Rhipsalis juengeri

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Rhipsalis juengeri

Rhipsalis juengeri Barthlott & N.P.Taylor in Bradleya 13: 69. 1995 sec. Korotkova & al. 20111
  • 1. Korotkova, N., Borsch, T., Quandt, D., Taylor, N. P., Müller, K. & Barthlott, W. 2011: What does it take to resolve relationships and to identify species with molecular markers? An example from the epiphytic Rhipsalideae (Cactaceae). – American Journal of Botany 98(9): 1549-1572. http://doi.org/10.3732/ajb.1000502, 2. Korotkova, N. 2021: Revisions of Deamia, Disocactus, Epiphyllum, Hatiora, Kimnachia, Lepismium, Leuenbergeria, Lymanbensonia, Pereskia, Pfeiffera, Pseudorhipsalis, Rhipsalidopsis, Rhipsalis, Schlumbergera, Selenicereus, Strophocactus, Weberocereus, and various other names. In: Korotkova N. & al., Cactaceae at Caryophyllales.org – a dynamic online species-level taxonomic backbone for the family. – Willdenowia 51: 250-270. http://doi.org/10.3372/wi.51.51208


This new taxon is remarkable for its extremely slender, greatly elongated axes. In its vegetative habit it looks like a giant slender version of R. campos-portoana, but has differently coloured fruit. The plant was originally received from an amateur collector who had obtained it in Brazil without giving precise provenance data and claiming that it was the only Rhipsalis that never flowers! In fact, it must grow to 2 metres in length before beginning to flower and does so freely only when 3 metres of growth have been attained, expanding its flowers in late winter to early spring (in Germany). It is adapted to an epiphytic habit on rather large trees, but its range and ecology remain poorly understood since it is not presently known from herbarium collections of wild origin, being too difficult to distinguish from its allies once pressed and mounted on the standard-sized herbarium sheet! However, what appears to be this plant was recently observed in habitat, sympatric with R. burchellii, at the Fazenda Intervales forest reserve, Mun. Sete Barras, São Paulo. Its purplish, grape-like fruits most nearly resemble those of R. burchellii, while its flowers are closer to those of R. campos-portoana, but we do not suppose it to be of hybrid origin for the reasons already discussed under R. ewaldiana.A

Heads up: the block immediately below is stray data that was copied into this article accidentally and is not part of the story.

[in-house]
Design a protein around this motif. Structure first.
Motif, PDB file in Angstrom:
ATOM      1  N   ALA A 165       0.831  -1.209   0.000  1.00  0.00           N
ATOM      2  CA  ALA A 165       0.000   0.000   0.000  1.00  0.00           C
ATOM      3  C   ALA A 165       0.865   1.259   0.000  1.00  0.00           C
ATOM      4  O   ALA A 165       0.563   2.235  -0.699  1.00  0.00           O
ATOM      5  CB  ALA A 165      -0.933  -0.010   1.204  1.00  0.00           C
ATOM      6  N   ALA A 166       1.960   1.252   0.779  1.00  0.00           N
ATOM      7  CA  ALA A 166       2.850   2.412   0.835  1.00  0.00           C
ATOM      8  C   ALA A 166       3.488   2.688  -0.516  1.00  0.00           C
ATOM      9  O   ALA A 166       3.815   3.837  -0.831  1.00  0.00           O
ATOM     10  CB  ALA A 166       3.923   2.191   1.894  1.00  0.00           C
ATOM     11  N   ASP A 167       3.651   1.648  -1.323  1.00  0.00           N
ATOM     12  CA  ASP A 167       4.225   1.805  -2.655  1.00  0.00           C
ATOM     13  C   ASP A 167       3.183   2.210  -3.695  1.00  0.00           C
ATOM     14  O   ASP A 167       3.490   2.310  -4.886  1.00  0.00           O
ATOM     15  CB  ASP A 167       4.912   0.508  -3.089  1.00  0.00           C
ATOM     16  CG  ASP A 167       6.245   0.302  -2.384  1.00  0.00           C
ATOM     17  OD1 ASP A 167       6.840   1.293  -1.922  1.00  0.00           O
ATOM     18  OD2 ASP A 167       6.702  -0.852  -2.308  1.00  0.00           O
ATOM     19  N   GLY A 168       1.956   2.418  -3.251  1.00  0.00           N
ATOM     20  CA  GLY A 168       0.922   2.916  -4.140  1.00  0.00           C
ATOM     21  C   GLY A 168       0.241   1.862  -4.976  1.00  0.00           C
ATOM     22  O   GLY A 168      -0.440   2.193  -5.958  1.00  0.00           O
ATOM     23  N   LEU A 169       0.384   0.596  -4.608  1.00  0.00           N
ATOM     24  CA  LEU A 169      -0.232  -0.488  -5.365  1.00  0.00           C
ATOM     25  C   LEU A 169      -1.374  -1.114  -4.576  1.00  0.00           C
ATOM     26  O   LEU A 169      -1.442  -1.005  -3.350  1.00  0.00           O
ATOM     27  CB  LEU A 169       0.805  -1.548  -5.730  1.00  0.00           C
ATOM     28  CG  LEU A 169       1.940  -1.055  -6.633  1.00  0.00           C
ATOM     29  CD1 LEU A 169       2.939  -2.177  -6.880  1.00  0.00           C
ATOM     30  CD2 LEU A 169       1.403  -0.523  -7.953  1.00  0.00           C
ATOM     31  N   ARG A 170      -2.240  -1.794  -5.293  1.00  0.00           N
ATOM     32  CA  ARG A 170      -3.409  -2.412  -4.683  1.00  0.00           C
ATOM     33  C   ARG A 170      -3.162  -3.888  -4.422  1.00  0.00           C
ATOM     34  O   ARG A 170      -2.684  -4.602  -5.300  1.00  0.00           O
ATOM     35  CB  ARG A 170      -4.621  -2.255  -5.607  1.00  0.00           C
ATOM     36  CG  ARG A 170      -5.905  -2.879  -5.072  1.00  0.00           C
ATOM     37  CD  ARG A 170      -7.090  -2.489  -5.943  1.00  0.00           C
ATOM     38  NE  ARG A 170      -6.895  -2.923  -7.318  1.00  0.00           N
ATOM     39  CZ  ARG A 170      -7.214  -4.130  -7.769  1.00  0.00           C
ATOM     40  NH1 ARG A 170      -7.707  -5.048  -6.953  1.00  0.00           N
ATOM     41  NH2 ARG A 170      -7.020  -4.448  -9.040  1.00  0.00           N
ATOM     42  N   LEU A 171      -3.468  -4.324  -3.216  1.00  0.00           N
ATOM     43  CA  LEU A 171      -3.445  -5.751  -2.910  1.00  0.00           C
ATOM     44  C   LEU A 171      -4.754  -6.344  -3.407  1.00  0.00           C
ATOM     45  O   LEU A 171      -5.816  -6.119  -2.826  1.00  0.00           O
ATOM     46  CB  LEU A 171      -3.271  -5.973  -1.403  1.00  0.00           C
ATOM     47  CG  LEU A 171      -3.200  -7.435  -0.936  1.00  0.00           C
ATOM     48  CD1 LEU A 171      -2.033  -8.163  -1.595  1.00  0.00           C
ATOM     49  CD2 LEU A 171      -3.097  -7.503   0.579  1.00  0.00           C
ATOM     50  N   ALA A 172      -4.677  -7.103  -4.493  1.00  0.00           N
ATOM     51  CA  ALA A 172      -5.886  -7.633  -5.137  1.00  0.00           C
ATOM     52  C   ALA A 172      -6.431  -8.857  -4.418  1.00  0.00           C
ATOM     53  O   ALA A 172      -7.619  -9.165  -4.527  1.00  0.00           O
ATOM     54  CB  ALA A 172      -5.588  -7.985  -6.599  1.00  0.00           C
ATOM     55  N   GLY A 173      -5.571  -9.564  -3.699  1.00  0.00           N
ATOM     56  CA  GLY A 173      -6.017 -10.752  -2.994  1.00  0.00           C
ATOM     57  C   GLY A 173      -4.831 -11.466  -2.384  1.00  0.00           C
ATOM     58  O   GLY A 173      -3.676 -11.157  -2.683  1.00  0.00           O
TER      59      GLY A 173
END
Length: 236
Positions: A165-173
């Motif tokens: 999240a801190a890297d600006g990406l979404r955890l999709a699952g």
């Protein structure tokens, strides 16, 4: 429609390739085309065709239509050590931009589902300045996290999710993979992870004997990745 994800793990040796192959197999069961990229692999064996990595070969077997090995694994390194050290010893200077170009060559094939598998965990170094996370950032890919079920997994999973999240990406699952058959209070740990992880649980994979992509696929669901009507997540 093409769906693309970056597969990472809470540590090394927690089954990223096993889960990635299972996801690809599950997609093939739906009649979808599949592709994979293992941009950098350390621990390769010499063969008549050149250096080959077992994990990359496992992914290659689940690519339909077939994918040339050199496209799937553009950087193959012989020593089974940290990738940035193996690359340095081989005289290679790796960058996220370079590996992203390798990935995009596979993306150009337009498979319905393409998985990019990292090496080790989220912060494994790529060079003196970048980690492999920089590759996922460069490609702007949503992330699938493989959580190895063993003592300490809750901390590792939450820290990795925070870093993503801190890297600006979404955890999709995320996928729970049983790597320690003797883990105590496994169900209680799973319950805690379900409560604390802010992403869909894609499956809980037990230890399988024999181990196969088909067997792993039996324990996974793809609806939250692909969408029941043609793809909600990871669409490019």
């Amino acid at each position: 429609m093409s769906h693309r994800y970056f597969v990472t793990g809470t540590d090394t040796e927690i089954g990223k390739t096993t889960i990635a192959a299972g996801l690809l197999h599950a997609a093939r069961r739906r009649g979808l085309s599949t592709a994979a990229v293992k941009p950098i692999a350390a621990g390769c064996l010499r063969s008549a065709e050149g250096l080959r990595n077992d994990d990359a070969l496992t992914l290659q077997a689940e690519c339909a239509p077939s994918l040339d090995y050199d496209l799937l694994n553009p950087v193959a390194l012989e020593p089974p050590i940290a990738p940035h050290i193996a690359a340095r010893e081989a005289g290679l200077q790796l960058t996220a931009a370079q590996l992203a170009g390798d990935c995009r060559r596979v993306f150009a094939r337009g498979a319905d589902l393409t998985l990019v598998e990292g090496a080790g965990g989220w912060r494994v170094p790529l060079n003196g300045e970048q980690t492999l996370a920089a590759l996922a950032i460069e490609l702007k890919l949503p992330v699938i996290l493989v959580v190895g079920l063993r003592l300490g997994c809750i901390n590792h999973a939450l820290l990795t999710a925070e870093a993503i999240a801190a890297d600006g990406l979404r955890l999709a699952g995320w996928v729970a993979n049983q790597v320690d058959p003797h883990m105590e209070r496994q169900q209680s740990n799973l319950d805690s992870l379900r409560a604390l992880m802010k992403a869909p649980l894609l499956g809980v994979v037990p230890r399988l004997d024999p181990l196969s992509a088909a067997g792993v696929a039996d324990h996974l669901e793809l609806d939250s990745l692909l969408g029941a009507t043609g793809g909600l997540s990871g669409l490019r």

Distribution (General)

Brazil: S São PauloA


Ab omnibus speciebus subgeneris Erythrorhipsalidis segmentis caulis longissimo differt.A


Pendulous epiphyte to at least 3 m long stems terete, scarcely succulent; primary long extension shoots to 200 cm x 3 mm; secondary stem-segments much shorter, green, the flower- bearing segments 1.25-1.75 mm diam. Flowers solitary or rarely paired at or near the apex of the ultimate or lower order stem-segments, campanulate, c. 15 x 12 mm, stamens yellow at base. Fruit globose-truncate, c. 6 mm or more in diam., purplish to translucent greenish tinged dark maroon.A


Named after the German writer and scientist Ernst Jünger, on the occasion of his 100th birthday in March 1995.A

Descriptions (aggregated)

Flower quantity per areol contemporaneously: 12; flower coloration: white [1]; flower size qualitativ: small [1] fruit coloration: purplish [1], greenish [1]; fruit shape: globose [1]
A single or the first number in square brackets denotes sample size


A. Barthlott, W. & Taylor, N. P. 1995: Notes towards a monograph of Rhipsalideae (Cactaceae). – Bradleya 13: 43-79. http://doi.org/10.25223/brad.n13.1995.a7